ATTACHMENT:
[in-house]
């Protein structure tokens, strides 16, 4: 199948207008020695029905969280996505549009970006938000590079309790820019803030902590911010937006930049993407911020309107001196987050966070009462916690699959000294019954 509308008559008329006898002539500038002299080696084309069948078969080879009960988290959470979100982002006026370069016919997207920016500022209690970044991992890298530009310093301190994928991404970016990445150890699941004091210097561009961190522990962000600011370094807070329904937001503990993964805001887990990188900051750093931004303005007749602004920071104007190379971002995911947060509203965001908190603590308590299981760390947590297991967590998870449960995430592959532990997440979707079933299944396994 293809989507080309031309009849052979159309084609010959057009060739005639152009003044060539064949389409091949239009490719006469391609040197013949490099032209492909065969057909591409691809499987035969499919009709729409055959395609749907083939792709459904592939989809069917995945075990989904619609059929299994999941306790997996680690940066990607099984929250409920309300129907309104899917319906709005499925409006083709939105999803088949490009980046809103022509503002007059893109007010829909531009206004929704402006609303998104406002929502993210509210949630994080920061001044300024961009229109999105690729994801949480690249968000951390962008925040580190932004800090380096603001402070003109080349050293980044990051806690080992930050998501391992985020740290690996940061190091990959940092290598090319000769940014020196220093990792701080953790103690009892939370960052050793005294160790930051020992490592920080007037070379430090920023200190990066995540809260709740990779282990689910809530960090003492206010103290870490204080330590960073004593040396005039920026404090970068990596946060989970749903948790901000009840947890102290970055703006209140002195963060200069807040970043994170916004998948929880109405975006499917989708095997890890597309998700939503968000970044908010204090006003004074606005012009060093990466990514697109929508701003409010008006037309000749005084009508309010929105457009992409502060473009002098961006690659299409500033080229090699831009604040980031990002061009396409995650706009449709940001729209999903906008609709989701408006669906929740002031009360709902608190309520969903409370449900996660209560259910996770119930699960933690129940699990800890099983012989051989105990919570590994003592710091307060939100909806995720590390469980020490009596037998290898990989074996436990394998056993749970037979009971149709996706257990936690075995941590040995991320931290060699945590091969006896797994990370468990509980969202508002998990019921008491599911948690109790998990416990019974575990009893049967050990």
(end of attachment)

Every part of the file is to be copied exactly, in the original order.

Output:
[in-house]
């Protein structure tokens, strides 16, 4: 199948207008020695029905969280996505549009970006938000590079309790820019803030902590911010937006930049993407911020309107001196987050966070009462916690699959000294019954 509308008559008329006898002539500038002299080696084309069948078969080879009960988290959470979100982002006026370069016919997207920016500022209690970044991992890298530009310093301190994928991404970016990445150890699941004091210097561009961190522990962000600011370094807070329904937001503990993964805001887990990188900051750093931004303005007749602004920071104007190379971002995911947060509203965001908190603590308590299981760390947590297991967590998870449960995430592959532990997440979707079933299944396994 293809989507080309031309009849052979159309084609010959057009060739005639152009003044060539064949389409091949239009490719006469391609040197013949490099032209492909065969057909591409691809499987035969499919009709729409055959395609749907083939792709459904592939989809069917995945075990989904619609059929299994999941306790997996680690940066990607099984929250409920309300129907309104899917319906709005499925409006083709939105999803088949490009980046809103022509503002007059893109007010829909531009206004929704402006609303998104406002929502993210509210949630994080920061001044300024961009229109999105690729994801949480690249968000951390962008925040580190932004800090380096603001402070003109080349050293980044990051806690080992930050998501391992985020740290690996940061190091990959940092290598090319000769940014020196220093990792701080953790103690009892939370960052050793005294160790930051020992490592920080007037070379430090920023200190990066995540809260709740990779282990689910809530960090003492206010103290870490204080330590960073004593040396005039920026404090970068990596946060989970749903948790901000009840947890102290970055703006209140002195963060200069807040970043994170916004998948929880109405975006499917989708095997890890597309998700939503968000970044908010204090006003004074606005012009060093990466990514697109929508701003409010008006037309000749005084009508309010929105457009992409502060473009002098961006690659299409500033080229090699831009604040980031990002061009396409995650706009449709940001729209999903906008609709989701408006669906929740002031009360709902608190309520969903409370449900996660209560259910996770119930699960933690129940699990800890099983012989051989105990919570590994003592710091307060939100909806995720590390469980020490009596037998290898990989074996436990394998056993749970037979009971149709996706257990936690075995941590040995991320931290060699945590091969006896797994990370468990509980969202508002998990019921008491599911948690109790998990416990019974575990009893049967050990």